A middle-aged male worker at a Minnesota manufacturing plant has a high chance of having his wages garnished. A study that looked at the payroll data of 12 million workers nationwide in 2016 revealed that 26 percent of Midwestern men ages 35 to 55 employed in manufacturing had their wages garnished for one reason or another, and it was often child support arrearages.
Nationwide, 7 percent of all workers have payroll deductions go directly to creditors or beneficiaries. Courts order most of these garnishments, and child support accounts for the bulk of them at 3 percent of garnished workers. Student loans, credit cards, taxes or other debts represent other reasons for mandatory payroll deductions.
Among workers paying these obligations, the overwhelming majority, 71 percent, are men. They typically owe child support. Female workers generally have garnishments for consumer debts or student loans. Regardless of gender, middle age corresponds strongly with the presence of wage garnishments with 62 percent of all people subject to the deductions falling between age 35 and 54.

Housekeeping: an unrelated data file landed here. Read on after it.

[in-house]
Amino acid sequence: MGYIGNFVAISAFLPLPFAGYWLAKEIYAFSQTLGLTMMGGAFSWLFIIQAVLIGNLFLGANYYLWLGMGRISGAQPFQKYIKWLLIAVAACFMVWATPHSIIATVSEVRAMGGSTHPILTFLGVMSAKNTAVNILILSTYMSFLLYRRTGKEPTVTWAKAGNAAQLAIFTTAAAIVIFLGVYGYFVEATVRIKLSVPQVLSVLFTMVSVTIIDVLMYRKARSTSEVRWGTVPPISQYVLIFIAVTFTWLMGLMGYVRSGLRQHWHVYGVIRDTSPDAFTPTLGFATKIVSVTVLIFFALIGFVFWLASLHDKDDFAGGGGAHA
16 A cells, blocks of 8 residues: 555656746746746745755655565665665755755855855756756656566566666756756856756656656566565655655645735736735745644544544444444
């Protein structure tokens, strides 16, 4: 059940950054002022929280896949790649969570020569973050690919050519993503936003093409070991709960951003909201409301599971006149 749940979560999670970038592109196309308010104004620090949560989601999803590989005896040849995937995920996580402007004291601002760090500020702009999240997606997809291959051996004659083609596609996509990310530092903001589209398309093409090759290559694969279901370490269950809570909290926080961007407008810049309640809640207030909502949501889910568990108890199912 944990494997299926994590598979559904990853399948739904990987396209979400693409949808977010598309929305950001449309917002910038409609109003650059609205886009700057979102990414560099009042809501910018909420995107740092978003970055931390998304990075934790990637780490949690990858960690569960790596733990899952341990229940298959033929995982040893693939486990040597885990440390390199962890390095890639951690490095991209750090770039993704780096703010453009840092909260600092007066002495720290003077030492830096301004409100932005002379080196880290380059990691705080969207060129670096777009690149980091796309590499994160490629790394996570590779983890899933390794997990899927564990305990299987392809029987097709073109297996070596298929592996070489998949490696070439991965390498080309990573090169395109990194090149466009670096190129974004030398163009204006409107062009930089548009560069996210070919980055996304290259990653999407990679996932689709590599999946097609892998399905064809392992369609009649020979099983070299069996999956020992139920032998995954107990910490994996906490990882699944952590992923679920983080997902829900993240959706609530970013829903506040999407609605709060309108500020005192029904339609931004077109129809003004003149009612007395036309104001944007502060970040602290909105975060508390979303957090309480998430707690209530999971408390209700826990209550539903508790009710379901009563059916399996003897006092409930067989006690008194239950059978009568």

Someone who has not been able to collect child support after a divorce could approach an attorney for assistance. Initially, an attorney might contact the other party and remind that person of the legal obligation to pay. If the person who owes the money has a job, then the attorney could petition the court to set up a wage garnishment. An attorney could prepare the court filings that describe the extent of unpaid support. The terms of the divorce settlement could also serve as evidence of the amounts owed.